Yakov Knyazhnin

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Yakov Knyazhnin

Yakov Borisovich Knyazhnin (Russian: Я́ков Бори́сович Княжни́н, November 3, 1742 or 1740, Pskov – January 1, 1791, St Petersburg) was Russia's foremost tragic author during the reign of Catherine the Great. Knyazhnin's contemporaries hailed him as the true successor to his father-in-law Alexander Sumarokov, but posterity, in the words of Vladimir Nabokov, tended to view his tragedies and comedies as "awkwardly imitated from more or less worthless French models".[1]


Knyazhnin was born into the family of the vice-governor of Pskov. From 1750 he studied in the gymnasium at the Academy in St Petersburg. In 1755 he was a cadet of the Justice Board; and in 1757 translator at the Construction Office. In 1762 he was in military service as a secretary of Kirill Razumovsky.

In 1770, he married Ekaterina Aleksandrovna Sumarokov. The couple had one of the most important literary salons in Russia.[2]

In 1773 he was sentenced to death for spending 6,000 roubles of fiscal money, however the sentence was reduced: he was deprived of the rank of officer and his nobility. In 1777 he obtained the forgiveness of the Empress Catherine II, and received back his nobility and officer rank. He was employed by Ivan Betskoy as his secretary. Soon he left into the resignation. He taught Russian Literature at the Military School. He was a member of Russian Academy from 1783.

The son of Knyazhnin in a biographic essay about this father wrote that he died of "catarrhal fever". This seems to be more accurate than another version, propagated by Pushkin, which claims that Knyazhnin died from torture at the hands of the secret police.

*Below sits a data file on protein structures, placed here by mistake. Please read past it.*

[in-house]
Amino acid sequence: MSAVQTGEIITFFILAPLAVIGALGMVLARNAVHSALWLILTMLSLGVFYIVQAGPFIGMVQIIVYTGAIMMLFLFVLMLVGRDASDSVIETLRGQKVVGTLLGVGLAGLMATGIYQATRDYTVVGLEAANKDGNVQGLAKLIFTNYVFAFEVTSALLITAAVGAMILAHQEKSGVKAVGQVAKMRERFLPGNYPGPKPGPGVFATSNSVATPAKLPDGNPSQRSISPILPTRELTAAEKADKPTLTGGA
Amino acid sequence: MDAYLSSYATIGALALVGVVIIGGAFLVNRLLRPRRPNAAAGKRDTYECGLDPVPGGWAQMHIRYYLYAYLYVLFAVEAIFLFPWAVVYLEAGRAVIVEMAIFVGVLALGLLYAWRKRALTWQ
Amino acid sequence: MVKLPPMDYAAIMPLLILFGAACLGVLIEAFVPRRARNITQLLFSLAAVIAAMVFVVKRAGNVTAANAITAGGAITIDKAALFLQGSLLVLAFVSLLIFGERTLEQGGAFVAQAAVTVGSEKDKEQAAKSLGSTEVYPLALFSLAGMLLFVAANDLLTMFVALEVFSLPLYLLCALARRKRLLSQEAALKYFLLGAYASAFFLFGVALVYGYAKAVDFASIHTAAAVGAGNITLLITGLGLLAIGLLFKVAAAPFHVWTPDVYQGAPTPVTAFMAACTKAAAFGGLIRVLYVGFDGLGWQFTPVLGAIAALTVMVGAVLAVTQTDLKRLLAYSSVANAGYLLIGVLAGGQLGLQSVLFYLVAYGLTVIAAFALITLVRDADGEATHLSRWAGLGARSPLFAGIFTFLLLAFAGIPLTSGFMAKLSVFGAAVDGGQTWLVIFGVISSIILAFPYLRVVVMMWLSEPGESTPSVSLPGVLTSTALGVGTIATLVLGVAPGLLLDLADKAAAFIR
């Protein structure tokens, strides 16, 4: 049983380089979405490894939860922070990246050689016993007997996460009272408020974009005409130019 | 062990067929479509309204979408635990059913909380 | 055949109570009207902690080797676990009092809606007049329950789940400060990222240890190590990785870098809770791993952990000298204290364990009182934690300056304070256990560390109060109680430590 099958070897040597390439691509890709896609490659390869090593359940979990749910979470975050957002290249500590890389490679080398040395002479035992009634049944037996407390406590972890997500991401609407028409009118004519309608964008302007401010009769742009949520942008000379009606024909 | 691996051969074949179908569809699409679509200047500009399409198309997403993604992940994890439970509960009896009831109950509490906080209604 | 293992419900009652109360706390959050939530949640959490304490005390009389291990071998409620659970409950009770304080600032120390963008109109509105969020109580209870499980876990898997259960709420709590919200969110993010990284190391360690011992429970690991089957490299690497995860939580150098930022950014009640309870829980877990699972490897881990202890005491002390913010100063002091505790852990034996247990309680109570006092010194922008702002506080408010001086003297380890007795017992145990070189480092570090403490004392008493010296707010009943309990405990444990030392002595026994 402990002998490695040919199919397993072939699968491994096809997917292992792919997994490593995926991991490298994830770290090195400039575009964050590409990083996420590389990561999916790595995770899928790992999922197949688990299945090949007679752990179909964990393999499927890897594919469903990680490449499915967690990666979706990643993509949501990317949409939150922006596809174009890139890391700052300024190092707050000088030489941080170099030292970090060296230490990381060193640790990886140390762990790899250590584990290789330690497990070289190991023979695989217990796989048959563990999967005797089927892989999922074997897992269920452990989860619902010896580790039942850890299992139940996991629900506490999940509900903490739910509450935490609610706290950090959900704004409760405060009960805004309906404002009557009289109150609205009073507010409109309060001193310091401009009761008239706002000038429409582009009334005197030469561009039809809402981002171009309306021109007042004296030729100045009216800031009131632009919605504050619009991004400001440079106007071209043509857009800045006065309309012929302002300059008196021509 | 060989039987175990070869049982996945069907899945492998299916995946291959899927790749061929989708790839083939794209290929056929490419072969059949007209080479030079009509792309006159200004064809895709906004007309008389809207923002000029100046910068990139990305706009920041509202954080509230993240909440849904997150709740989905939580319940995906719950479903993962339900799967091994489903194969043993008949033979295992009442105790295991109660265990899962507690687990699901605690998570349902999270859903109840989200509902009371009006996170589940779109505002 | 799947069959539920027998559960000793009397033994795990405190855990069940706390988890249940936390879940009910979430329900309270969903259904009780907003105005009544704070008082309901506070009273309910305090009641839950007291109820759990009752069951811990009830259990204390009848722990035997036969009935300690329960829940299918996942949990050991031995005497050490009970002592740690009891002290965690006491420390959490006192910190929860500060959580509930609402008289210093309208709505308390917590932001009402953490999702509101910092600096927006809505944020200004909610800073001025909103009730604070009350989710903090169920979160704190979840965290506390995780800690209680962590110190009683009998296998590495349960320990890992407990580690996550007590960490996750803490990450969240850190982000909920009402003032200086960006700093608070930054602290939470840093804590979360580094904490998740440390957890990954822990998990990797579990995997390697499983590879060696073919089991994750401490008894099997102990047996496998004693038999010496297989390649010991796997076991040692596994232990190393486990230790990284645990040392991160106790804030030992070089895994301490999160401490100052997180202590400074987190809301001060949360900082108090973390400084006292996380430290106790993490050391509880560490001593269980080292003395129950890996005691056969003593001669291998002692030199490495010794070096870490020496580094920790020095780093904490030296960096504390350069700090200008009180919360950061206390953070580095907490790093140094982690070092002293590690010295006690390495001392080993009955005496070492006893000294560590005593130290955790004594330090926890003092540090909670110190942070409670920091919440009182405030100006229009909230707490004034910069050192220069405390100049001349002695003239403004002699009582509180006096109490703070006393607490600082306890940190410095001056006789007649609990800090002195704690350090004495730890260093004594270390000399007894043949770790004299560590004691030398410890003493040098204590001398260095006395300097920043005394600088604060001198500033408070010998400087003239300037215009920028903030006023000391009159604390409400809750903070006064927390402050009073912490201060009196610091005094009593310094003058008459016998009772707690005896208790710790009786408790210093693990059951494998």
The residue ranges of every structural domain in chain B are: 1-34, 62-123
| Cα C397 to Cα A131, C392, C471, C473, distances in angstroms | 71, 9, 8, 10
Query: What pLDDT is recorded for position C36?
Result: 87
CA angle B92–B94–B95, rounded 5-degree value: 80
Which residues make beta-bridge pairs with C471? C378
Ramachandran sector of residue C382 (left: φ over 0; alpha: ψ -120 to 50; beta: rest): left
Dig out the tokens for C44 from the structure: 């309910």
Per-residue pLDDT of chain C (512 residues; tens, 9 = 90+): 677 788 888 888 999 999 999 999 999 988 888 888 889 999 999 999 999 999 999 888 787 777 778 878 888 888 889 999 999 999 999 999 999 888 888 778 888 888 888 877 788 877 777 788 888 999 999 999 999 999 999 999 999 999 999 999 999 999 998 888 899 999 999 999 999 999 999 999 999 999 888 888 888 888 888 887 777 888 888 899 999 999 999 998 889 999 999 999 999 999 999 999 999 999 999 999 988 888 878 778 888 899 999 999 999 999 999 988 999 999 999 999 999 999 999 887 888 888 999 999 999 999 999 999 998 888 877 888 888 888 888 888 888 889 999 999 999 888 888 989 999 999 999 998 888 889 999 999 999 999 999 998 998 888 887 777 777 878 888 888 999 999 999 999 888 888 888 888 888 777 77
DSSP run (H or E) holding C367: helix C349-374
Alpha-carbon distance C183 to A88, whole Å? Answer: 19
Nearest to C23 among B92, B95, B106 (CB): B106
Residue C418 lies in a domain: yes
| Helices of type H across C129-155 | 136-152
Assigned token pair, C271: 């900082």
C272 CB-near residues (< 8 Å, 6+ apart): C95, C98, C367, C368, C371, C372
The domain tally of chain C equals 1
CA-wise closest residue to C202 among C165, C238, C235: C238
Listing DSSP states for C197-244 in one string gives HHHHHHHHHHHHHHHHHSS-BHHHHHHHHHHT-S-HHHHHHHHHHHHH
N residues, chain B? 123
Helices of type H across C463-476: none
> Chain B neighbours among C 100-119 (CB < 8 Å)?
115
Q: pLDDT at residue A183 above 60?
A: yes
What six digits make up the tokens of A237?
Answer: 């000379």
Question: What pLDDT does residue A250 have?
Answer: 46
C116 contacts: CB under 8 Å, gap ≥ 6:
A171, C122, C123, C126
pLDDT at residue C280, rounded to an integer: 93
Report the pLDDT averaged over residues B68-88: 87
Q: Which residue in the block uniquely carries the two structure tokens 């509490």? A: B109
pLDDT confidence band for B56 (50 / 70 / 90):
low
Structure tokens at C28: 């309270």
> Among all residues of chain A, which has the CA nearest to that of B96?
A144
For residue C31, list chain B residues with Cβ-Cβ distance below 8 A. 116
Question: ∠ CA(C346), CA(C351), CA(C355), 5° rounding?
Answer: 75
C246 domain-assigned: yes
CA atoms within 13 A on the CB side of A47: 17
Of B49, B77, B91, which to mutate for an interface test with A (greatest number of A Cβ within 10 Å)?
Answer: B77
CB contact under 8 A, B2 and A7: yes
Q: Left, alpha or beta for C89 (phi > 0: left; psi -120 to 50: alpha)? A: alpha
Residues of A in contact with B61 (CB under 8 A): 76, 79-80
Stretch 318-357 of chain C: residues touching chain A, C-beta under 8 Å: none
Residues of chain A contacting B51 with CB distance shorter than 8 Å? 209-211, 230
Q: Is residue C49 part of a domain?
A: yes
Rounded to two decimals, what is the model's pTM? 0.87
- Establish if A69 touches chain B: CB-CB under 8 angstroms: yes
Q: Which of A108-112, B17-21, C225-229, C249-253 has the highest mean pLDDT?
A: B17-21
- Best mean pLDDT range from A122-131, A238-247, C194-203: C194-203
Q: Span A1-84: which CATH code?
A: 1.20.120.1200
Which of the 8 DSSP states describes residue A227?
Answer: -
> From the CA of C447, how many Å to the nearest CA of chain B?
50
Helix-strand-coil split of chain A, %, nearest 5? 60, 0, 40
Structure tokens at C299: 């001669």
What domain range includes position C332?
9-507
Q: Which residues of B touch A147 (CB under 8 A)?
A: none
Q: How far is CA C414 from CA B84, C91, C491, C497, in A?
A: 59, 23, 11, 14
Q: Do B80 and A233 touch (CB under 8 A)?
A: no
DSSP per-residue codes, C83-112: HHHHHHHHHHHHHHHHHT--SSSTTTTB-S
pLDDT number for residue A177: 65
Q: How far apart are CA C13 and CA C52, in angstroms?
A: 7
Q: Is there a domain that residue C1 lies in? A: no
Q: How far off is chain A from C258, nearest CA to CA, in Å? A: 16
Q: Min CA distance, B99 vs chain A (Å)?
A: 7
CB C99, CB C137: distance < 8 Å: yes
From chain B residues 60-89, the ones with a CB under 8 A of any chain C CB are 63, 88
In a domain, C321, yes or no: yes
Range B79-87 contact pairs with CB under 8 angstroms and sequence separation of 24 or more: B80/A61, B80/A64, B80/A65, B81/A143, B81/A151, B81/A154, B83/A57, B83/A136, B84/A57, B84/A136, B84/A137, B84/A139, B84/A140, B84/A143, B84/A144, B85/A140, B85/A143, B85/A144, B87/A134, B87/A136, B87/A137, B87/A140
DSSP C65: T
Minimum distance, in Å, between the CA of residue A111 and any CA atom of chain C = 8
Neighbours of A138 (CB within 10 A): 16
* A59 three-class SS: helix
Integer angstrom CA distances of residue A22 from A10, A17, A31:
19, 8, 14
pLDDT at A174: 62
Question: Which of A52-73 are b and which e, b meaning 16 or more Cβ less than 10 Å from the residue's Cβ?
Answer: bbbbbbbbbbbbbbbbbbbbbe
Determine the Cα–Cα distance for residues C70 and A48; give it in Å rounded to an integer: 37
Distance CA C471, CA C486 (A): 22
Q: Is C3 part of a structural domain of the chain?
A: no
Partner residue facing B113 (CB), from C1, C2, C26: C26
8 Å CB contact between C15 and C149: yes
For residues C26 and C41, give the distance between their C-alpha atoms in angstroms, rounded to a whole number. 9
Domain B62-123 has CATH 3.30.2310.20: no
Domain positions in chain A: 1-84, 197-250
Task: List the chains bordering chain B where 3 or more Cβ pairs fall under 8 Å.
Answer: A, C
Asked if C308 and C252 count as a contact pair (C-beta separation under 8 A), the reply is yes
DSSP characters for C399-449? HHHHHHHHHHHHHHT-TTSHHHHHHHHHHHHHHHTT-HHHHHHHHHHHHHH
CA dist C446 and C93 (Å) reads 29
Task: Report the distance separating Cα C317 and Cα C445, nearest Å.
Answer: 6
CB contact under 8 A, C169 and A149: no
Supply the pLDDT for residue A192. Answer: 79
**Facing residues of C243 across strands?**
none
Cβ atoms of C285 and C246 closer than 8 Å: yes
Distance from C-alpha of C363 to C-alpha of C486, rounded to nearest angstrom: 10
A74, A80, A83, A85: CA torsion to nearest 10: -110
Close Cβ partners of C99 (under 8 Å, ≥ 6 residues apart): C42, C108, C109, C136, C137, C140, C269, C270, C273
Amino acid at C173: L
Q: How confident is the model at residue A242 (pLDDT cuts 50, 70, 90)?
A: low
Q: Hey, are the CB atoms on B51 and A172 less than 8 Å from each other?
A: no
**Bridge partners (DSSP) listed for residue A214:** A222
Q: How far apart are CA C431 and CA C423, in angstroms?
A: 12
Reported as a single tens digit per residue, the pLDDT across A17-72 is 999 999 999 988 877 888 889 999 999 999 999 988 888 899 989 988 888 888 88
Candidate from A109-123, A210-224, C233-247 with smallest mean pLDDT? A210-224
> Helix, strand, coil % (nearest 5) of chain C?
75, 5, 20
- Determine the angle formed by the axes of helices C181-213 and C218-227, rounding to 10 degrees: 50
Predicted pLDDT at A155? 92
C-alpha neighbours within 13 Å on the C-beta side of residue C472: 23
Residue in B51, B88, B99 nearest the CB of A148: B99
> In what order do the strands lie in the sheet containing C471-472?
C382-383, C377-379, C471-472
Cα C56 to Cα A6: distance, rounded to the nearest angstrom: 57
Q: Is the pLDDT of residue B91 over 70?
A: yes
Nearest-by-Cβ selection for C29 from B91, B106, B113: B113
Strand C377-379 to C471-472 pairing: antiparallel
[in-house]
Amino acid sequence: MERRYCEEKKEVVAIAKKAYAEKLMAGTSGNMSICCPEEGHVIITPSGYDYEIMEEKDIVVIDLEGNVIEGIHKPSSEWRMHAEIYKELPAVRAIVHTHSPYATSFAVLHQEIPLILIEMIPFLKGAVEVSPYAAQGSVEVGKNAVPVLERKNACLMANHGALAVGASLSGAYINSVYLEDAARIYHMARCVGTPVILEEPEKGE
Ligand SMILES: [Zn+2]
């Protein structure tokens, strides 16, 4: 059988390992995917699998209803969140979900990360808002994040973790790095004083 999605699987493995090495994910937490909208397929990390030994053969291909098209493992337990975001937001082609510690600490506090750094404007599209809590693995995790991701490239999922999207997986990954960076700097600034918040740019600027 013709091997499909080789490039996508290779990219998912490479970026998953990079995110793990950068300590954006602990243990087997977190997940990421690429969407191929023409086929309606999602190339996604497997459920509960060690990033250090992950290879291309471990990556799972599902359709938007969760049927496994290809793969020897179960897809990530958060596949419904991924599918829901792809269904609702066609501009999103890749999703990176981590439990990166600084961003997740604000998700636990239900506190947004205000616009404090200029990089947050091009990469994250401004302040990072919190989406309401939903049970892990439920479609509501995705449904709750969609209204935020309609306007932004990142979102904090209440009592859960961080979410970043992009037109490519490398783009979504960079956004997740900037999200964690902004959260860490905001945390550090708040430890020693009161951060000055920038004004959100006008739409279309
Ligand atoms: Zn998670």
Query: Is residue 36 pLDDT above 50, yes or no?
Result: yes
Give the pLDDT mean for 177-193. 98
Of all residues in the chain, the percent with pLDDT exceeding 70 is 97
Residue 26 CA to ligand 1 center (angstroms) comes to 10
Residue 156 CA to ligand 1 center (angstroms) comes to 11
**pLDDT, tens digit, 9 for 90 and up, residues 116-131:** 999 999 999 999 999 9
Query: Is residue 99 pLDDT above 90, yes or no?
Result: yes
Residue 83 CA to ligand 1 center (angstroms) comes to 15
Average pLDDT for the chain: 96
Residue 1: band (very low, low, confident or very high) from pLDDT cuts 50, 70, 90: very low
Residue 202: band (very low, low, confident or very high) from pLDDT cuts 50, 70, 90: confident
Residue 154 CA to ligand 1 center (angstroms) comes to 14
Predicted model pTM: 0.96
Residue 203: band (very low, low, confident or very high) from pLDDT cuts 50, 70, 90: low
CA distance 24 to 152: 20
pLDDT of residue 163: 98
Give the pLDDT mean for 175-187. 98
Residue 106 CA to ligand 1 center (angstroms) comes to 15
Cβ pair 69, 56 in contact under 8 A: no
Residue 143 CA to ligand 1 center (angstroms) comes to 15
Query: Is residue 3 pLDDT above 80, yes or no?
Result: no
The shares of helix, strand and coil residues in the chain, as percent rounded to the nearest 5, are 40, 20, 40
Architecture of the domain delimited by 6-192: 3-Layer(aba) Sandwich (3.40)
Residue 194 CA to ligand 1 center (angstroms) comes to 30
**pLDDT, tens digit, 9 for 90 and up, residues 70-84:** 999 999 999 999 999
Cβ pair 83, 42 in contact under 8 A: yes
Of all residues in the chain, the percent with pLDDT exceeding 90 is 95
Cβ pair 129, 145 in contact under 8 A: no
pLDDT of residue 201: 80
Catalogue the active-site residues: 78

Knyazhnin's contemporary success rested largely on his witty comedies The Braggart (1786) and The Cranks (1790). The latter revolves around the theme of favouritism, of the unexpectedly quick rise in rank, which was topical in Catherine's reign, and considered risqué.[3]

He also wrote six comic operas operas and eight tragedies, which, as D.S. Mirsky put it, "breathe an almost revolutionary spirit of political freethinking".[4] Almost everything he wrote was immediately published by the decree of Catherine the Great. Most of his plays and operas were staged at the Hermitage Theatre in St Petersburg.

Among his other works are poems and translations including works by Voltaire and Corneille. Writing his plays and opera librettos, Knyaznin often borrowed some ideas from Voltaire, Metastasio, Molière and Carlo Goldoni developing them and putting in different context. He imitated these models so extensively that Alexander Pushkin later referred to him as "Knyazhnin the Borrower" (or "derivative Knyazhnin" — «переимчивый Княжнин», see details).

Knyazhnin's last tragedy, Vadim of Novgorod (1789), was inspired by Catherine II's treatment of Vadim's revolt against Rurik in her own play From Ryurik's Life. Disputing with her, Knyazhnin depicted Vadim as a champion of Novgorod's ancient liberties who has to stab himself in the face of triumphant authoritorianism. When the play was posthumously published in 1793, the Empress had it banned as a "literary revolt". Against the background of the French Revolution, it was decided wise to burn all the copies. Vadim of Novgorod was never staged and was not reprinted in Russia until 1914.

Dramatic works


"Волшебный край! там в стары годы,
Сатиры смелый властелин,
Блистал Фонвизин, друг свободы,
И переимчивый Княжнин;"
"Enchanted land! There like a lampion
That king of the satiric scene,
Fonvizin sparkled, freedom's champion,
And the derivative Knyazhnín."
(Alexander Pushkin, Eugene Onegin, (Chapter I, XVIII), translated by Charles H. Johnston)



  1. Eugene Onegin: A Novel in Verse: Commentary. Princeton University Press, 1991. ISBN 0-691-01904-5. Page 82.
  2. Ledkovskai︠a︡-Astman, Marina; Rosenthal, Charlotte; Zirin, Mary Fleming (1994). Dictionary of Russian Women Writers. pp. 298–99. ISBN 0313262659.<templatestyles src="Module:Citation/CS1/styles.css"></templatestyles>
  3. Robert Leach, Victor Borovsky. A History of Russian Theatre. Cambridge University Press, 1999. ISBN 0-521-43220-0. Page 70.
  4. D.S. Mirsky. A History of Russian Literature. Northwestern University Press, 1999. ISBN 0-8101-1679-0. Page 54.

External links